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Sharp Slowdown In U.S. Job Growth Drags Dollar Down

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The U.S. dollar depreciated against its key counterparts in the European session on Friday, as the nation's employment increased much less than expected in April, backing hopes for a continuation of the accommodative policy by the Federal Reserve.

Data from the Labor Department showed that non-farm payroll employment rose by 266,000 jobs in April after surging by a downwardly revised 770,000 jobs in March.

Economists had expected employment to spike by 978,000 jobs compared to the jump of 916,000 jobs originally reported for the previous month.

The report also showed the unemployment rate inched up to 6.1 percent in April from 6.0 percent in March. Economists had expected the unemployment rate to drop to 5.8 percent.

U.S. treasury yields fell, with the benchmark yield on 10-year note touching 1.55 percent. Yields move inversely to bond prices.

Speaking to Bloomberg TV, Minneapolis Federal Reserve Bank President Neel Kashkari said that April's jobs report endorses the central bank's outcome-based approach to policy.

"I'm confident pricing pressures will be transitory," Kashkari added.

The greenback showed mixed performance against its major peers in the Asian session. While it rose against the yen, it was steady against the franc and the euro. Versus the pound, it fell.

The greenback lost 0.7 percent against the pound to touch an 8-day low of 1.3973. The pound-greenback pair had ended yesterday's trading session at 1.3882. Next immediate support for the greenback is seen around the 1.41 level.

Survey results from IHS Markit showed that UK construction sector logged a robust growth in April with continued recoveries seen in civil engineering activity, commercial work and house building.

The Chartered Institute of Procurement & Supply construction Purchasing Managers' Index came in at 61.6 in April, down only fractionally from March's six-and-a-half year peak of 61.7.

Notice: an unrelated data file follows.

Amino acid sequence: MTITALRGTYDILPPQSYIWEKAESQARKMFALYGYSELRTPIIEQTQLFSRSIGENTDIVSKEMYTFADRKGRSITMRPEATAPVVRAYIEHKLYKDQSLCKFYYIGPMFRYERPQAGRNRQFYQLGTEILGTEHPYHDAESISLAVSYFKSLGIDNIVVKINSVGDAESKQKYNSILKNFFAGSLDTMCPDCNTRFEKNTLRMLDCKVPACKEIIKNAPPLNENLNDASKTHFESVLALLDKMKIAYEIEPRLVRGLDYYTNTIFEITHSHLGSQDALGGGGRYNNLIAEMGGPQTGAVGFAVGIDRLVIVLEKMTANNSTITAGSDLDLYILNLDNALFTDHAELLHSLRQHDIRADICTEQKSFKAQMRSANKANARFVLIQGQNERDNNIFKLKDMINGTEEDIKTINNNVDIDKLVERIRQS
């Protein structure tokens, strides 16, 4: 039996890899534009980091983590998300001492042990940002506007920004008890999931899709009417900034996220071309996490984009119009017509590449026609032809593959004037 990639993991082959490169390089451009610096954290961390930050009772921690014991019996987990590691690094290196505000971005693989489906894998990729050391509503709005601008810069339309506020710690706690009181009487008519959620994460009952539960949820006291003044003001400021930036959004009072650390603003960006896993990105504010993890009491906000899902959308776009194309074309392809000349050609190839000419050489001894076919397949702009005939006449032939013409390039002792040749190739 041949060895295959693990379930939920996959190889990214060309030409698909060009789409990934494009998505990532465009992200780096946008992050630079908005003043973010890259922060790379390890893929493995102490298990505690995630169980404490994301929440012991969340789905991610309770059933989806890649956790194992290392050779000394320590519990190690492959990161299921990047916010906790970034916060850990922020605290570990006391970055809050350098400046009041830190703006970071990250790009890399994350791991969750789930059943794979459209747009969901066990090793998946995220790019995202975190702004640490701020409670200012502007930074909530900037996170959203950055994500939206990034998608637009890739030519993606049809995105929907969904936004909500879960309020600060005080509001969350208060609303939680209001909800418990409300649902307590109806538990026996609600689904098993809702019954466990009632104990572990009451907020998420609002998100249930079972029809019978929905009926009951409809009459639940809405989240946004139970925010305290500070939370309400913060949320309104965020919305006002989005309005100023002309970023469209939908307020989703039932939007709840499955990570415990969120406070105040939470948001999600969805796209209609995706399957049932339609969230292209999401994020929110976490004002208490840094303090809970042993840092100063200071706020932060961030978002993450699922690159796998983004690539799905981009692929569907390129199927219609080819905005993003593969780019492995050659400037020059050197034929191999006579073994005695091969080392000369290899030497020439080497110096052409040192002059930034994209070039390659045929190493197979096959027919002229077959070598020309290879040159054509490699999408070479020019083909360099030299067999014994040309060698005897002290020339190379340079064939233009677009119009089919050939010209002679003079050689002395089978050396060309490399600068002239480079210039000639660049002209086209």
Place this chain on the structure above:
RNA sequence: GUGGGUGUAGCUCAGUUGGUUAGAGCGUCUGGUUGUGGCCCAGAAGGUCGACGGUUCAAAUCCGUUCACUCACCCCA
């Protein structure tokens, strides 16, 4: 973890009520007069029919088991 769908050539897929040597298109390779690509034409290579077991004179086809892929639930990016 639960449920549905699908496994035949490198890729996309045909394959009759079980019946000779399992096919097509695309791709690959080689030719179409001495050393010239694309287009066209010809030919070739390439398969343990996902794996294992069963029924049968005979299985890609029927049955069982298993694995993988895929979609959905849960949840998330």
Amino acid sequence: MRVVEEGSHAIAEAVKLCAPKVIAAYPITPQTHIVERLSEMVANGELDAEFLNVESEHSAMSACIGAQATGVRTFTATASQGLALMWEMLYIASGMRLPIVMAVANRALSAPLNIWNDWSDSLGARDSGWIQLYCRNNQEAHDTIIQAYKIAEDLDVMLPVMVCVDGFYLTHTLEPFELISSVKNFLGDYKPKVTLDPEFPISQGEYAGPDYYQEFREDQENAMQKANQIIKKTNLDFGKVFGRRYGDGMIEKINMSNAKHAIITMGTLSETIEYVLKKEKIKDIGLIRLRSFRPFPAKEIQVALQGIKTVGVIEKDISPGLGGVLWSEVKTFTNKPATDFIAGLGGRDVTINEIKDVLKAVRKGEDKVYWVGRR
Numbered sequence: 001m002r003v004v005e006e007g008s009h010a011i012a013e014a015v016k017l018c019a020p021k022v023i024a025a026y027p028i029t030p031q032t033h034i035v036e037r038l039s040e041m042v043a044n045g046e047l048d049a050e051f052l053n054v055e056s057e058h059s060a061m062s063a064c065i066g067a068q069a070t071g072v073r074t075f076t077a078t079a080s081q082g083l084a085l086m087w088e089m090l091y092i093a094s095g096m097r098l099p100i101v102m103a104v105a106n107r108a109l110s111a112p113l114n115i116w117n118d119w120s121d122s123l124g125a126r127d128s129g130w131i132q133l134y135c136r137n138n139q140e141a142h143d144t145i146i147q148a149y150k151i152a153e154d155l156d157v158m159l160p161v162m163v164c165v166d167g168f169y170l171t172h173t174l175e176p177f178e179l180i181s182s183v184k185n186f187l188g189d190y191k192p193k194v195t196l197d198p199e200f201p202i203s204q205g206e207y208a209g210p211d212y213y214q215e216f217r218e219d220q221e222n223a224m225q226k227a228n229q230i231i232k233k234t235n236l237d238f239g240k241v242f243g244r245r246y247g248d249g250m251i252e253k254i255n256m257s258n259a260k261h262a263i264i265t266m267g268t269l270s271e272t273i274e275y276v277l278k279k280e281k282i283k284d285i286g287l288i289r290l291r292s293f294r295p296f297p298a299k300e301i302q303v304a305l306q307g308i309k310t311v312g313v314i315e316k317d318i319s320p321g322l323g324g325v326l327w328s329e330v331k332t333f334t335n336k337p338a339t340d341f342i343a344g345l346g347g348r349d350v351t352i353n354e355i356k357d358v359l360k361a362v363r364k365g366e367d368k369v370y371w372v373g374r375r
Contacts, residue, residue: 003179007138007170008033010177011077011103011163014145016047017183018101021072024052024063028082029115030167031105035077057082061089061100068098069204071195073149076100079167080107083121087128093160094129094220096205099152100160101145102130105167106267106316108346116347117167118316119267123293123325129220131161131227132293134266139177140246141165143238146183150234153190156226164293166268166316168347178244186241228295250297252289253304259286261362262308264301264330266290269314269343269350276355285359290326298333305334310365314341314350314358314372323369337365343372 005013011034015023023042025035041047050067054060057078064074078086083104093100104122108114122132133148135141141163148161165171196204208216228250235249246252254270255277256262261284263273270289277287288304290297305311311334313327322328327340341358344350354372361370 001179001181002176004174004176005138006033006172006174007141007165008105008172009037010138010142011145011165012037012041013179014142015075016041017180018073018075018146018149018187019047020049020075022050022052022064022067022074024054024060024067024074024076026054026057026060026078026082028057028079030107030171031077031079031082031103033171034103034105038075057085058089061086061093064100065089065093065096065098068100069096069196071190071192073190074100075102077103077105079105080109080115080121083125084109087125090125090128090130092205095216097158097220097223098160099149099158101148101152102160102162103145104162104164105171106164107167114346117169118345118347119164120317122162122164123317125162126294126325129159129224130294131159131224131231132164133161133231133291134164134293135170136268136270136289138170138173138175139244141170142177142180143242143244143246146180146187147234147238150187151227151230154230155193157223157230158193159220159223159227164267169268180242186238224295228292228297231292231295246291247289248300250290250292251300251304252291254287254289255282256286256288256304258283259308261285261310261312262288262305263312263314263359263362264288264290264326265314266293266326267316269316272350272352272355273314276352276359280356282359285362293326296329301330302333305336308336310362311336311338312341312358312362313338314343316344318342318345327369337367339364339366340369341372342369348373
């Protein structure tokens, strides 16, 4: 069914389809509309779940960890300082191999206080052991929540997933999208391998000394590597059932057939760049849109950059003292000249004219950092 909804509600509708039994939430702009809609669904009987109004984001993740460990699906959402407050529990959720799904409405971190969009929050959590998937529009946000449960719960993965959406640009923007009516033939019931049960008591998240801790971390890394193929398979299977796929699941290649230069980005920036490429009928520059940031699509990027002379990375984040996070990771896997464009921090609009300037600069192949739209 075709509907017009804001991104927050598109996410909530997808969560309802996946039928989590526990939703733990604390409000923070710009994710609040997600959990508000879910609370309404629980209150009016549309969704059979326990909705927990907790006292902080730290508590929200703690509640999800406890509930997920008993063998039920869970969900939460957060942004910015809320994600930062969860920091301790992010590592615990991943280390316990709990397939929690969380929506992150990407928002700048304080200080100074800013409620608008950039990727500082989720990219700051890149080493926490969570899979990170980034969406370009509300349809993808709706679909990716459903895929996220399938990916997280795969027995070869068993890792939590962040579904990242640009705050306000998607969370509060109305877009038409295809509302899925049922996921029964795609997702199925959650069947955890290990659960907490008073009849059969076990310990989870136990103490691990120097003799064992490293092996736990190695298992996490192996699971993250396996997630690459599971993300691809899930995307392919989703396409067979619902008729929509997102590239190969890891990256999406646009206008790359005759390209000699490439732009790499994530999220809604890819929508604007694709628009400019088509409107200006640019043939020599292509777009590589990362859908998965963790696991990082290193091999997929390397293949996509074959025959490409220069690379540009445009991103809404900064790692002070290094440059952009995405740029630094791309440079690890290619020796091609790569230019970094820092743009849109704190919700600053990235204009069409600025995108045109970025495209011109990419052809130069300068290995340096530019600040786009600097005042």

The greenback was 0.7 percent lower against the euro, at an 8-day low of 1.2146. The pair was worth 1.2065 when it closed deals on Thursday. The greenback is seen finding support around the 1.24 level.

Data from Destatis showed that Germany's exports growth accelerated unexpectedly in March.

Exports increased 1.2 percent on a monthly basis in March, while economists had forecast the growth to ease to 0.5 percent from 1 percent in February.

The greenback fell to its lowest level since February 23 against the franc, at 0.9021. At yesterday's trading close, the pair was quoted at 0.9070. Immediate support for the greenback is likely located around the 0.88 level.

Data from the State Secretariat for Economic Affairs showed that Switzerland's jobless rate decreased in April.

The jobless rate fell a seasonally to 3.1 percent in April from 3.3 percent in March. Economists had expected a rate of 3.3 percent.

The greenback touched a 10-day low of 108.34 against the yen, falling 0.9 percent from a high of 109.29 it set at 8:00 am ET. The pair had closed Thursday's deals at 109.08. Next likely support for the greenback is seen around the 106 level.

The latest survey from Jibun Bank showed that Japan's services sector continued to contract in April, albeit at a slower pace, with a services PMI score of 49.5.

That's up from 48.3 in March, although it remains slightly below the boom-or-bust line of 50 that separates expansion from contraction.

The greenback was down versus the loonie, at 1.2149. This followed a high of 1.2193 recorded at 8:30 am ET. The greenback was trading at 1.2147 against the loonie at yesterday's close. Should the greenback slides further, 1.19 is possibly seen as its next support level.

The dollar slid to an 8-day low of 0.7276 versus the kiwi, while touching 0.7835 against the aussie, its weakest level since March 18. The greenback was worth 0.7229 per kiwi and 0.7782 a aussie at Thursday's New York session close. Extension of downward trading may see the greenback finding support around 0.74 versus the kiwi and 0.80 against the aussie.

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